Gardenproud Blog

Archive for February, 2014

It’s February already, so what’s going on in the garden?

Friday, February 7th, 2014

It’s February and it seems like we are getting a similar dose of  weather to January, with a mixture of rain, sunshine and low temperatures. At the point of writing there’s no promise of snow, although cold air above Scandinavia may move southward and bring with it a colder spell.

So I’m afraid you need to wrap up warm in the garden, plus watch the weather forecast for frosts and keep your less hardy shrubs wrapped in fleeces.

The RHS provide a really useful list of jobs for you to consider in February. This covers work you can be getting on with, both in and out of doors:

  1. Prepare vegetable seed beds, and sow some vegetables under cover
  2. Protect blossom on apricots, nectarines and peaches
  3. Net fruit and vegetable crops to keep the birds off
  4. Prune winter-flowering shrubs that have finished flowering
  5. Divide bulbs such as snowdrops, and plant those that need planting “ in the green”
  6. Prune Wisteria
  7. Prune hardy evergreen hedges and renovate overgrown deciduous hedges
  8. Prune any climbers in conservatories or greenhouses
  9. Cut back ornamental grasses left uncut over winter

Other things to be considering….

-       Cut back any dead foliage you’ve left over the winter period

-       Prune back Hydrangeas to their new shoots

-       Prepare the borders for planting

If the weather starts to improve you may find it’s necessary to cut the lawn, although don’t cut it too short, and avoid going on the lawn if it remains sodden. One job you can do is to tidy up the edges as this will help reduce your tasks for March.

Turf can be laid provided that the soil is not too wet or frosty. If you have to carry this out then work from planks to avoid localized compacting and creating an uneven surface. Whatever you do, avoid walking on the new surface for a number of weeks to allow the root structure to establish.

When preparing the beds look at the soil conditions and consider improving these. For example given the heavy rains of December and January you may have noticed a drainage problem. If you have heavy soil work in some organic matter and horticultural grit to help improve the nutrients and drainage.

Mixing in a deep layer of organic matter helps to condition the soil, can help suppress weed growth, protect plants from fluctuations in temperature, and

retain moisture during the warmer months.

Last month we talked about garden repairs. If the dreadful weather we’ve all experienced hasn’t allowed you into the garden yet, then don’t forget to get these projects out of the way before the growing season! So this includes broken fences, damaged shed roofs, rotten pathway gravel board edges, plus compost and raised bed repairs.

Talking of repairs. During these more dormant periods it’s also worth tidying out the shed, and clearing out any broken tools that can’t be fixed, broken pots etc. Also remember to have serviced any power tools including the mower, hedge trimmer, strimmer and blower. Always ask your repairer to sharpen the blades, or replace them in the case of a heavily utilised mower. If you haven’t used the tools for a while it’s worth remembering that the fuel can go stale, so when you take any items in for servicing ask them to refresh this.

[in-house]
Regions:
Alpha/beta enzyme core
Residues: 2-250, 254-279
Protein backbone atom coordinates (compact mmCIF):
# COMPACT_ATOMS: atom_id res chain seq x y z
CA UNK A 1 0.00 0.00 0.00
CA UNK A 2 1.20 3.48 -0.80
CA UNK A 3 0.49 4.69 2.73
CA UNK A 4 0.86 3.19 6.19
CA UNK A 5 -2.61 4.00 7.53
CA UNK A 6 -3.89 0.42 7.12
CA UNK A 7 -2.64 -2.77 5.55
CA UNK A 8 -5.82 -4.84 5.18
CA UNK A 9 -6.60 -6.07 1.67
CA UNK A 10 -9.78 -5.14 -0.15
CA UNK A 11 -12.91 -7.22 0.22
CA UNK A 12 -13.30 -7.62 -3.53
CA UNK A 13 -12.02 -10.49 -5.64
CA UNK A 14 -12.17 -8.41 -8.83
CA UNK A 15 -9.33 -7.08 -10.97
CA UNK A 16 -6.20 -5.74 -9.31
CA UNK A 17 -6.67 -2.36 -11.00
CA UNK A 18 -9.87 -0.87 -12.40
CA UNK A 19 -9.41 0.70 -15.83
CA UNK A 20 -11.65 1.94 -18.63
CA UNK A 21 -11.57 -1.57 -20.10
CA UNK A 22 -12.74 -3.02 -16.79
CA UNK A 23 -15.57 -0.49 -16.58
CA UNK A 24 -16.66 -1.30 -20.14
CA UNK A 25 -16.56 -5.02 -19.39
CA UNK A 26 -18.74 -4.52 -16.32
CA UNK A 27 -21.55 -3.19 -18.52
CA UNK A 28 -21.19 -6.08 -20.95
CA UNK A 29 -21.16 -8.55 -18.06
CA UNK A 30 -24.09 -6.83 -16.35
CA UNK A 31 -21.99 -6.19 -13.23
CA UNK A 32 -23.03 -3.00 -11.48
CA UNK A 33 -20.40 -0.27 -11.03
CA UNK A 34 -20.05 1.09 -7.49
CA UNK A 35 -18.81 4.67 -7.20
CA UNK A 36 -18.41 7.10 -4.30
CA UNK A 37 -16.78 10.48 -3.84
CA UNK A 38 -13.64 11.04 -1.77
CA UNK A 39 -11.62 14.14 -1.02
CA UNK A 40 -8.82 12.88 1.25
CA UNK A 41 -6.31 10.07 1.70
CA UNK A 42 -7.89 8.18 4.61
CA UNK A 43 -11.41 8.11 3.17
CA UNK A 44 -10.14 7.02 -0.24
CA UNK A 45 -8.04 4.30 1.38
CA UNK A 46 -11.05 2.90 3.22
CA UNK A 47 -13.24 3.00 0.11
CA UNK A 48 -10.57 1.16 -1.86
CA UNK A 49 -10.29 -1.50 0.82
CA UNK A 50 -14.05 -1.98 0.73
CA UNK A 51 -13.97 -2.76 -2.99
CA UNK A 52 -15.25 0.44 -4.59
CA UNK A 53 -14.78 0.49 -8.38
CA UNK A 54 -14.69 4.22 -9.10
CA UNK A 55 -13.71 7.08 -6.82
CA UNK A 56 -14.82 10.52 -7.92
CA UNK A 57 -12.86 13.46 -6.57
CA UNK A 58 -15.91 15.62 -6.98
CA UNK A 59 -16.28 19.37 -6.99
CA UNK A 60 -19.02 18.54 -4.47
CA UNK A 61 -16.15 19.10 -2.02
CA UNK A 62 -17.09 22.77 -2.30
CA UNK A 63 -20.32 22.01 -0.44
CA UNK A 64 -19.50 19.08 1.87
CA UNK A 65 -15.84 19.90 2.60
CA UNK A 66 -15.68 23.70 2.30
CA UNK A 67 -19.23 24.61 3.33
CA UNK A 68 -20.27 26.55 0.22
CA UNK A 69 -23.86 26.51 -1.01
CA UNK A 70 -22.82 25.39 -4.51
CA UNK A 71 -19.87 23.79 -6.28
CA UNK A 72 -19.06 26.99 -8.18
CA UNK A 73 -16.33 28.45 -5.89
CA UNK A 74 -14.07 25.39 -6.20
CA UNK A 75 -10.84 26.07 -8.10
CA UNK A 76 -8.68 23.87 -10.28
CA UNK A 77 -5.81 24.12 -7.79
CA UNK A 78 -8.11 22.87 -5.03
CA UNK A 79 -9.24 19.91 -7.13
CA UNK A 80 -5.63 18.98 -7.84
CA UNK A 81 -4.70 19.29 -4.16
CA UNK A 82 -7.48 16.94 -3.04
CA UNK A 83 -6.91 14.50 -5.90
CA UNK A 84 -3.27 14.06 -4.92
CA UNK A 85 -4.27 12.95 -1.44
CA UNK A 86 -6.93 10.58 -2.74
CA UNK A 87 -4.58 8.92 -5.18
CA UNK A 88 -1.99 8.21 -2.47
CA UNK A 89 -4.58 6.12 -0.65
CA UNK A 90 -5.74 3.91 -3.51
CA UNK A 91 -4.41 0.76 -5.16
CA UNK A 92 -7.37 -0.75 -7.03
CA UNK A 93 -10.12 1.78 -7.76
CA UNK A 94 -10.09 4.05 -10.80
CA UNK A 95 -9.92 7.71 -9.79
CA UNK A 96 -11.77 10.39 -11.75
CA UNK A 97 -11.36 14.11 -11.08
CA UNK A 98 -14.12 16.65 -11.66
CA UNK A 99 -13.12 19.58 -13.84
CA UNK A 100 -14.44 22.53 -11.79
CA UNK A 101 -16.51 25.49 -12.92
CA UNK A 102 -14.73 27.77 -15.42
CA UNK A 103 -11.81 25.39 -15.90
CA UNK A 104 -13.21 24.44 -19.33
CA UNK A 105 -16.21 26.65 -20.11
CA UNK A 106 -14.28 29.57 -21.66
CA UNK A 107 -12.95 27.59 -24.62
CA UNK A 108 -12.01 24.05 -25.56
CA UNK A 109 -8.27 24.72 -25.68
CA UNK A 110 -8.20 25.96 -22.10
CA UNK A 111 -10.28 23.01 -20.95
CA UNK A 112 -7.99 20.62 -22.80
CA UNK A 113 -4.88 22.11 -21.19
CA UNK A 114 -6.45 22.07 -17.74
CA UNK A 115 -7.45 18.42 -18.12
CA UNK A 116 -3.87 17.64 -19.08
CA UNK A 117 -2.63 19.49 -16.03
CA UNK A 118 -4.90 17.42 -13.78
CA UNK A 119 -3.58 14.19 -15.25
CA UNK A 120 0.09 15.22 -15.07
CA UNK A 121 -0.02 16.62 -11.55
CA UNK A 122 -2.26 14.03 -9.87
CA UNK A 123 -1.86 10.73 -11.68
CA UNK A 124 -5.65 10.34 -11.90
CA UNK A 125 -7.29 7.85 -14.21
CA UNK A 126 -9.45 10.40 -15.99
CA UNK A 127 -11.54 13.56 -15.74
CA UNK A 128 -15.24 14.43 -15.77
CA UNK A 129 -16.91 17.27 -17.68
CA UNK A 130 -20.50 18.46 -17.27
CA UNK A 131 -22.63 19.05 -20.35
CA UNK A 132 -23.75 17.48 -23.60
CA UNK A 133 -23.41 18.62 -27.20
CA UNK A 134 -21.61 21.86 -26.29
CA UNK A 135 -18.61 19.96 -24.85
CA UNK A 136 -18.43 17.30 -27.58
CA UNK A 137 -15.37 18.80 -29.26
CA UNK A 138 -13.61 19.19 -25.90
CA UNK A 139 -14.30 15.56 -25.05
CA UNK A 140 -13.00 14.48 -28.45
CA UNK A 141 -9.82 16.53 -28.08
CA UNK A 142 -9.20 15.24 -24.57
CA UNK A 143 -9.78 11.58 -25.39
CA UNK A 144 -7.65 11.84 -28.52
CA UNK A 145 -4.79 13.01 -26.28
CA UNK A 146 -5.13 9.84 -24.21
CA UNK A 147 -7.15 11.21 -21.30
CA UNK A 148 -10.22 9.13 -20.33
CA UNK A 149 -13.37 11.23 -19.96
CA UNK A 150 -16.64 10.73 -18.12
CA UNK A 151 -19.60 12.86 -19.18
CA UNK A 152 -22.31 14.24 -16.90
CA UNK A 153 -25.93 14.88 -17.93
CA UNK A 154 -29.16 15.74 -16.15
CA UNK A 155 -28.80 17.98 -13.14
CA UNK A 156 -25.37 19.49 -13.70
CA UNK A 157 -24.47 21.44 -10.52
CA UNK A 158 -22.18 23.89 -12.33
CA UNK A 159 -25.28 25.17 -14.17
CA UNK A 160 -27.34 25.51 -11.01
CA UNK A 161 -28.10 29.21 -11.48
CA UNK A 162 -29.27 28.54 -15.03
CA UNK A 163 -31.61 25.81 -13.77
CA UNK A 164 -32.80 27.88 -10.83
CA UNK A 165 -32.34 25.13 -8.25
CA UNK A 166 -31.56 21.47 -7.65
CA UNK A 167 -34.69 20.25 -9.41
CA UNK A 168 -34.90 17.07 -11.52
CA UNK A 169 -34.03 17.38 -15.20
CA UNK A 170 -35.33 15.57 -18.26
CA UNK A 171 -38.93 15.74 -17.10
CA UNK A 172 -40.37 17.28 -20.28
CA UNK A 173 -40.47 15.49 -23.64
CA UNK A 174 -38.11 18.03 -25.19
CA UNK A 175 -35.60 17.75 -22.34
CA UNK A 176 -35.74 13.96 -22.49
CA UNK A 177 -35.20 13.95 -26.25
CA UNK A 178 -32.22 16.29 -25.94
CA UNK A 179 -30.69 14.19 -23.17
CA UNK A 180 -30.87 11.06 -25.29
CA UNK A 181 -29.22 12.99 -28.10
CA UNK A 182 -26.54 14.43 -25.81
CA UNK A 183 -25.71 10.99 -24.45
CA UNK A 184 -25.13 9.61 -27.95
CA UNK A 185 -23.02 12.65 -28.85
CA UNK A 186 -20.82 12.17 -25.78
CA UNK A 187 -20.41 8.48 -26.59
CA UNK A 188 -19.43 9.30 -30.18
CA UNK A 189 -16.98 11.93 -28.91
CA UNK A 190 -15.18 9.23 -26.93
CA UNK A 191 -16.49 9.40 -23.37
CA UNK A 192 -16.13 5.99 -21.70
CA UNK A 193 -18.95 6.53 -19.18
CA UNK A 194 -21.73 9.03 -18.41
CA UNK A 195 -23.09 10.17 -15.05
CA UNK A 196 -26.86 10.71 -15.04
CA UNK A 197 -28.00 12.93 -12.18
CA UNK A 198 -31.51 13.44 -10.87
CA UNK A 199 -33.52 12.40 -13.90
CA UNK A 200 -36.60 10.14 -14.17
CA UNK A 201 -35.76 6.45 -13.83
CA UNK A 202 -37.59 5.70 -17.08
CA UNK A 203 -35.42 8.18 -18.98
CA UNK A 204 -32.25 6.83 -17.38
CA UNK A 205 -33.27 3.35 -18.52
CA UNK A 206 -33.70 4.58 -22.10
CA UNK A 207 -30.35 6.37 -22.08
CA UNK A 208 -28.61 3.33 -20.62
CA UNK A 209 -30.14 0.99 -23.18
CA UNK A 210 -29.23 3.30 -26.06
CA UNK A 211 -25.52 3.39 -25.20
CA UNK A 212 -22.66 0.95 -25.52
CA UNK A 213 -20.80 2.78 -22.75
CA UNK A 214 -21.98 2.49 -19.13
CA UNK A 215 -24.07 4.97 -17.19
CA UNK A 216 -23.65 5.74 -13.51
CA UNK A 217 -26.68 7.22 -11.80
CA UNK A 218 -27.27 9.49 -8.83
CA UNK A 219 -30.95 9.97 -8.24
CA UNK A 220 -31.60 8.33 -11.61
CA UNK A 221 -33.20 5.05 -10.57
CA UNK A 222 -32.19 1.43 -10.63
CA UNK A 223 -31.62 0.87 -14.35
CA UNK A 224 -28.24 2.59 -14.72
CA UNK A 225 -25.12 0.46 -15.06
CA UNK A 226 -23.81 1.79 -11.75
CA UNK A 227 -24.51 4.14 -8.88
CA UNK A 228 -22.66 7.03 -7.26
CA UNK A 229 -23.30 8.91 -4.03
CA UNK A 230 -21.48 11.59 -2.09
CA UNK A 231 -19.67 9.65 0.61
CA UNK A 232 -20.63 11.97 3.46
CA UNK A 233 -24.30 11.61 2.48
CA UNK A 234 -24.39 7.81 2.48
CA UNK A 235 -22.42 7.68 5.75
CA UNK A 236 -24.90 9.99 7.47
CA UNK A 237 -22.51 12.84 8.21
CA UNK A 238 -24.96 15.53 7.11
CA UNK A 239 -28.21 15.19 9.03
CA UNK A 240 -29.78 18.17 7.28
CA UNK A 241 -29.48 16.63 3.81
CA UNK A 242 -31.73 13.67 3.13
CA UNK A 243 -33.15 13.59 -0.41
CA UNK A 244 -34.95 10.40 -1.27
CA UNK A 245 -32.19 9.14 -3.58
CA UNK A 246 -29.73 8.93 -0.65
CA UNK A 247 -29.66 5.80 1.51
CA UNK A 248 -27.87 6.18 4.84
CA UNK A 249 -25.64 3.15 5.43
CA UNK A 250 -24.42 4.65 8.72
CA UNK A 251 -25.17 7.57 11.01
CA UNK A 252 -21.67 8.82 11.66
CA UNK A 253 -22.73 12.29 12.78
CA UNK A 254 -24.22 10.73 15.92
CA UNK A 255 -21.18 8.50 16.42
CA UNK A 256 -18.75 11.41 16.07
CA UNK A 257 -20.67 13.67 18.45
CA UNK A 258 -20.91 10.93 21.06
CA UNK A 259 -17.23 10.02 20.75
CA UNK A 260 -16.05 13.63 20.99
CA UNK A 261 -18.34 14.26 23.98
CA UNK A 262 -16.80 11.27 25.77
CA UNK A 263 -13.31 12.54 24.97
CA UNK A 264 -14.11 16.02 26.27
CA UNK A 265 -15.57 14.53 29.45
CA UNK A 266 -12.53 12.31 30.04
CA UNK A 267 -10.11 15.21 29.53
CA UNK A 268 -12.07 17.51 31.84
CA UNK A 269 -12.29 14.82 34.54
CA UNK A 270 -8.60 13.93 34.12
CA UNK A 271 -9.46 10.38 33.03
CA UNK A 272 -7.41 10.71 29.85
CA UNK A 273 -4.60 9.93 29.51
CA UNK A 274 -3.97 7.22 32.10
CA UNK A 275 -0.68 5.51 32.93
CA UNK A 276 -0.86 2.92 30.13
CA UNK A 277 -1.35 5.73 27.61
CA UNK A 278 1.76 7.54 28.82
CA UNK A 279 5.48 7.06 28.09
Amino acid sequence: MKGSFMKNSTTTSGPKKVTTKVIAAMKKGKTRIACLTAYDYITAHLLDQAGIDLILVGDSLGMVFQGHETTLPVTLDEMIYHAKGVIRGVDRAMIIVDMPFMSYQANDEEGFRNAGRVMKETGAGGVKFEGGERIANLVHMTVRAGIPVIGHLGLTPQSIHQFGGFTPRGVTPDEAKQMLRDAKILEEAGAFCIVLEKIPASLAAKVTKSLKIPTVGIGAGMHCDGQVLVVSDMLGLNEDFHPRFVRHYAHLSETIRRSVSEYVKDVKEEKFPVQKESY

Flowers to look out for in February include; Snowdrops, Hellebores, Violets, Winter Jasmine and of course those early Daffs.

Please do let me have your thoughts and contributions.  Also feel free to fire any gardening questions at me and I’ll do my best to answer these for you in the next edition. This is my email address    reallygardenproud@btinternet.com

I hope you enjoy February in your garden.

Best wishes

Tim Sykes, 07725 173820

My Heart’s in the Garden

Wednesday, February 5th, 2014

Hey it’s February and it’s time for love!

What better place to enjoy this but in the Garden! But it’s obviously very wet and windy at the moment so make sure you wrap up warm.

A few searches on the internet revealed some great shots of hearts in the garden.

If you haven’t already ventured onto the Pinterest website then do so www.pinterest.com and it will help you discover a whole world of ideas.

Here’s an easy one you can buy yourself, a Heart shaped topiary frame. Buy it with a box hedging plant (or two) then watch it grow. You then painstakingly demonstrate your love, as you snip away at the box, so that it turns into a beautiful living feature of your garden or conservatory.

Hey Presto!

These wonderful frames are available from www.Primrose.co.uk for the reasonable price of £33.99  and a couple of box plants will set you back about £6.00.

A small price to pay for love in the garden!

So no excuses, get out there now and create your very own Valentines Day surprise for your loved one!

For further information please contact Tim Sykes on 07725 173820, or contact Gardenproud at info@reallygardenproud.com

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